Graphic designer Kidd (The Cheese Monkeys, 2001) writes a novel about a graphic designer.
Considering the author’s job experience, it’s natural that at times the narrator digresses (if there’s such a thing as a digression in a postmodern novel) and gives us his thoughts about the applicability of certain fonts in certain contexts. (For example, it’s bad form to write “You have inoperable cancer!!” in a loopy script.) Right out of college, narrator Happy gets a job at a graphic-design firm in New Haven, in part because his most charismatic professor in college had previously worked at this same firm. There he is introduced to the idiosyncratic subculture of graphic designers. He meets Sketch, a master at drawing potato chips for the firm’s Krinkle Kutt account; Mimi, the formidable matriarch of the firm, who “doesn’t go to extremes; she lives there”; Tip, creator of witty slogans; and head copywriter Preston, whose creative spasms are in the past and who in the present can only produce uninspired clichés. Happy’s on-again, off-again girlfriend Himillsy (was there ever a more awkward name?) kills herself unexpectedly, and Happy suspects that her death has something to do with her participation in “obedience experiments” originally conducted by Stanley Milgram at Yale in the 1960s. Periodically Kidd allows abstractions such as Wit, Irony and Deception to make brief appearances, setting a context for what’s to come. The big news in the novel is not Himillsy’s suicide but the firm’s desperate attempt to land a lucrative account for Buckle Shoes—and whether it’s possible to design an ad that doesn’t show feet.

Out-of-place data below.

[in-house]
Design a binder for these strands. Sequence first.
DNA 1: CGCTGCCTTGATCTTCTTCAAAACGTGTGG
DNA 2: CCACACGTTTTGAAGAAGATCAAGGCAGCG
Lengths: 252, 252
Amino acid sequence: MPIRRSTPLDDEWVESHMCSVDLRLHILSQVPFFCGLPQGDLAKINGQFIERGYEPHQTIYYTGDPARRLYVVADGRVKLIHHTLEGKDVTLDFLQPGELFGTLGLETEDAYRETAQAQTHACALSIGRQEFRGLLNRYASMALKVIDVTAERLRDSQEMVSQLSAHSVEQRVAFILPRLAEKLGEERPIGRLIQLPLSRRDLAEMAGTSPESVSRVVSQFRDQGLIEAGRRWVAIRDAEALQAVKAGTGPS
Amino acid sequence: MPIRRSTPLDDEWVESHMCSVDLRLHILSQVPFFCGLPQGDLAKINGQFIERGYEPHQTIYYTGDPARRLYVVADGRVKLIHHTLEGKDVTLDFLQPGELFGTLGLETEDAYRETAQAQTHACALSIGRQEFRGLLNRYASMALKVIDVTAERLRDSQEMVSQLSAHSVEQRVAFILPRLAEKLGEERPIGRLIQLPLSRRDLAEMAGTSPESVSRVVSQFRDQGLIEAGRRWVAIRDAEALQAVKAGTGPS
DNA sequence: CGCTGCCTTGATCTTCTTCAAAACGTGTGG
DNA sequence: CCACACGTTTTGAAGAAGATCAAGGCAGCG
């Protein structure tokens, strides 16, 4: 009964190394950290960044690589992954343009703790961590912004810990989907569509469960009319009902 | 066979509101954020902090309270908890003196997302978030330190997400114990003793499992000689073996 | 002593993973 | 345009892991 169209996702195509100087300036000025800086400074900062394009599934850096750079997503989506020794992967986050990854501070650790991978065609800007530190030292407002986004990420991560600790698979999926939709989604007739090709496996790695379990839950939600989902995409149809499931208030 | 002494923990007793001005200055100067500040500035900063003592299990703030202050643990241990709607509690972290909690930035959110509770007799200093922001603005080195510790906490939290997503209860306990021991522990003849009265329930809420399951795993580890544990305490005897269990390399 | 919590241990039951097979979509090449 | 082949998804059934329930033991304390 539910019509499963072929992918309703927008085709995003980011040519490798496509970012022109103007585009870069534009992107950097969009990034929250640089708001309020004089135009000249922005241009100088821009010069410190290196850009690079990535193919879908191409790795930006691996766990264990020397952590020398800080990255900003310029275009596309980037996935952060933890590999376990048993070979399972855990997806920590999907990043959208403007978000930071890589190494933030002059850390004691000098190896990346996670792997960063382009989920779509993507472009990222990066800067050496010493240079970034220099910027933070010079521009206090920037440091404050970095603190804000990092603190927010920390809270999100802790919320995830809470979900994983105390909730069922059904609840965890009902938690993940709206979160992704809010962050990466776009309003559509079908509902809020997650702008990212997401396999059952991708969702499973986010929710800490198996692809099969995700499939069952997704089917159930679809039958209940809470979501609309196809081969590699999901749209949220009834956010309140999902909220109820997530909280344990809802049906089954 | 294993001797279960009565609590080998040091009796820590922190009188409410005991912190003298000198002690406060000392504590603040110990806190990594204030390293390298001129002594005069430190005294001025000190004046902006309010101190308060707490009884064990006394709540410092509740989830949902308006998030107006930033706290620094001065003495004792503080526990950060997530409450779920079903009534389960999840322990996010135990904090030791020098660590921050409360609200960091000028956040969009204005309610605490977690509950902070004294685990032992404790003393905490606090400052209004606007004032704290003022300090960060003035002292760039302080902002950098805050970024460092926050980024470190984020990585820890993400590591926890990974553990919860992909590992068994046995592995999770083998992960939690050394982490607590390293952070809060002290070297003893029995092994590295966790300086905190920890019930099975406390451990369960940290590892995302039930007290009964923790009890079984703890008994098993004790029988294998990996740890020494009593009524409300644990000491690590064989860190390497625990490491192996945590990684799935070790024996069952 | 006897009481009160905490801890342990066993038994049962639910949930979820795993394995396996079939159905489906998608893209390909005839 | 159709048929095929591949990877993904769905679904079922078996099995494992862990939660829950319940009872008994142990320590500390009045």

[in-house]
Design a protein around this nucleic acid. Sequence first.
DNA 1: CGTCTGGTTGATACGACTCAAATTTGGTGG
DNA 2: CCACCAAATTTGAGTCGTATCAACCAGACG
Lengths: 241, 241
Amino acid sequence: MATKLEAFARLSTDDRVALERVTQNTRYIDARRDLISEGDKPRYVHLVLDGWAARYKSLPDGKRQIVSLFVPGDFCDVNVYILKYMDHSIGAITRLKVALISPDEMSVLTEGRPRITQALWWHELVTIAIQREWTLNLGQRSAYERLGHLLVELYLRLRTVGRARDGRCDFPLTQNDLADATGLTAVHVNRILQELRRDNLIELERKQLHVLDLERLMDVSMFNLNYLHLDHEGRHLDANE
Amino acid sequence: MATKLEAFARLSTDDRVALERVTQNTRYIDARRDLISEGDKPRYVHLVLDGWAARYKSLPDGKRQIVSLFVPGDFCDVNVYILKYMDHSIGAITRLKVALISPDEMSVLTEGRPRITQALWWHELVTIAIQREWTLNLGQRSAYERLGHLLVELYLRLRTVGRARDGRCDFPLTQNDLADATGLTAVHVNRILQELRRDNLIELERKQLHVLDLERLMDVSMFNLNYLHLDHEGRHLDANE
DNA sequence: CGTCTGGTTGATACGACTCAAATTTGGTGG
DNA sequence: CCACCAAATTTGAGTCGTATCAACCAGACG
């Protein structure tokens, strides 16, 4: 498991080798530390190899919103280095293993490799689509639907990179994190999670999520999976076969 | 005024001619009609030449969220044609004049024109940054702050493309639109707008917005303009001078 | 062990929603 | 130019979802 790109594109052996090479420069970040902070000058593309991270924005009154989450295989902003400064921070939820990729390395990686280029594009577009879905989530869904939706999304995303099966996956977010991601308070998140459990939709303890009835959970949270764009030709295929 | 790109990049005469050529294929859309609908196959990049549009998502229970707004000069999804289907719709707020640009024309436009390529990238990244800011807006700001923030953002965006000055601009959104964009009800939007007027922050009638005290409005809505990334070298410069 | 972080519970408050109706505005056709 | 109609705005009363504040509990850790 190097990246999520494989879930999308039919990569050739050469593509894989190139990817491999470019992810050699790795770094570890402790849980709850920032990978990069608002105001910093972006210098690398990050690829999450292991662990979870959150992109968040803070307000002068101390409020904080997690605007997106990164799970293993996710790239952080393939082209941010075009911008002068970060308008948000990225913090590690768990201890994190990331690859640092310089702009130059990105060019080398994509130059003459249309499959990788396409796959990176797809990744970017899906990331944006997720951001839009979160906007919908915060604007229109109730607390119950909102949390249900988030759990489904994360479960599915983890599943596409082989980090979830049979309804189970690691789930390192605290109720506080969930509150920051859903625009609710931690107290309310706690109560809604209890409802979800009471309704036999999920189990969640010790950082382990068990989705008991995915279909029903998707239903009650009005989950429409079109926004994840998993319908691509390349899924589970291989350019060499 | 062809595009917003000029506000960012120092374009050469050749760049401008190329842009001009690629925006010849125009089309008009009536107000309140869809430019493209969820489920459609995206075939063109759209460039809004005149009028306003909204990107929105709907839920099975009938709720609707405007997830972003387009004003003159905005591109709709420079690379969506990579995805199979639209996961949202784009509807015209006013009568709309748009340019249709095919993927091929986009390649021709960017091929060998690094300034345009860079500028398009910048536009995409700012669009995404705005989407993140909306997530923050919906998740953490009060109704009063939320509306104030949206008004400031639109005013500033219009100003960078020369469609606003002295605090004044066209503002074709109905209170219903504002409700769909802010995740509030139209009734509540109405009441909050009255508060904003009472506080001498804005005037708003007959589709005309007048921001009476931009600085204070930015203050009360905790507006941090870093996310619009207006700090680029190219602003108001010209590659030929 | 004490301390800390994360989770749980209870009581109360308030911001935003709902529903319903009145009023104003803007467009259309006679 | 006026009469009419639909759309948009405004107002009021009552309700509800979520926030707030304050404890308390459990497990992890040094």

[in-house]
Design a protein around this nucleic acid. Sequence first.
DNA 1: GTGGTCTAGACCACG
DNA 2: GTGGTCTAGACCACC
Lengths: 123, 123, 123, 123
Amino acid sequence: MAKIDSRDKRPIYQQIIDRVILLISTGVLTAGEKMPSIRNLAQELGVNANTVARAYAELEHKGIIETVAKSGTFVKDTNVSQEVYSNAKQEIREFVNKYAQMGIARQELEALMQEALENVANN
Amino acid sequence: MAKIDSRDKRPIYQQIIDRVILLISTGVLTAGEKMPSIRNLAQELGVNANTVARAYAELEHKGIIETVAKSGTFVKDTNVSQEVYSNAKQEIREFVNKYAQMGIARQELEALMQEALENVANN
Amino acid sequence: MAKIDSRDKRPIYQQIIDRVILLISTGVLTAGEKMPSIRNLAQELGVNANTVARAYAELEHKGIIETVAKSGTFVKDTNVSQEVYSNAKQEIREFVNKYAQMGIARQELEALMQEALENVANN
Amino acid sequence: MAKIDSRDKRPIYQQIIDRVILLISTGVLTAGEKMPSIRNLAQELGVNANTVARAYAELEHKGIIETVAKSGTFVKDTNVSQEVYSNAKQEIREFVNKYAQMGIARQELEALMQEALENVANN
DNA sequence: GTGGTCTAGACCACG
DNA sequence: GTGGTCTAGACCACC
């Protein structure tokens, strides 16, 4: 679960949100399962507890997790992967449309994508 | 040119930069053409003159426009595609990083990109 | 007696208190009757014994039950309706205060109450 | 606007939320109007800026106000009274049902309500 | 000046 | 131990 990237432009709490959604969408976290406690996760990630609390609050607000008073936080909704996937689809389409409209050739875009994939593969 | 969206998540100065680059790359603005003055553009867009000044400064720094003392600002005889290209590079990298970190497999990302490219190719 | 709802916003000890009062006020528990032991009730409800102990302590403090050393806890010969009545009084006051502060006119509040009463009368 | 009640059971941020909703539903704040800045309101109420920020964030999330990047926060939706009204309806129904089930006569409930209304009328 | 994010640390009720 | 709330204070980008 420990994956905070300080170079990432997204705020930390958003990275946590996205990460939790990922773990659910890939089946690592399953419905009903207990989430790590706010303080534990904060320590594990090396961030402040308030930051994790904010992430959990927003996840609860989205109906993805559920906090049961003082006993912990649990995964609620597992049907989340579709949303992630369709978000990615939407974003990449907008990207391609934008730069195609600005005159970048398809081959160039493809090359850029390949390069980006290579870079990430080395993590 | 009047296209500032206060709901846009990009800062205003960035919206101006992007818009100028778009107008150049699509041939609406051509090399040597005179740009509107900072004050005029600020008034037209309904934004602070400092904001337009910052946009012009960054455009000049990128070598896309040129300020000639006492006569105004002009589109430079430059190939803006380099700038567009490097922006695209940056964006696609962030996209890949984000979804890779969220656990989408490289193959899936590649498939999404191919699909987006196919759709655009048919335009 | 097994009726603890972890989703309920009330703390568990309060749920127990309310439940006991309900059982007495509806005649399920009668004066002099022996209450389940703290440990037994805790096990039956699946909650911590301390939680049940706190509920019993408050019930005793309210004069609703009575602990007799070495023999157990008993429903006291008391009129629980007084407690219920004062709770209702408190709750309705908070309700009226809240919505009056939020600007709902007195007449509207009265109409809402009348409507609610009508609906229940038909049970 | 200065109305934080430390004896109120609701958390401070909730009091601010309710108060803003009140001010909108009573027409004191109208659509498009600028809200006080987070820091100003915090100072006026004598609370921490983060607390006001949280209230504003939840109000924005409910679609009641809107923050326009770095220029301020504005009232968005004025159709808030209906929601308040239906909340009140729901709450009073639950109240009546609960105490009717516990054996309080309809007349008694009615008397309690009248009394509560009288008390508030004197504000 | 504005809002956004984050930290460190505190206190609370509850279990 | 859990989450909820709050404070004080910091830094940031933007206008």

Whimsical, at times bordering on fey, but also keen-edged and original.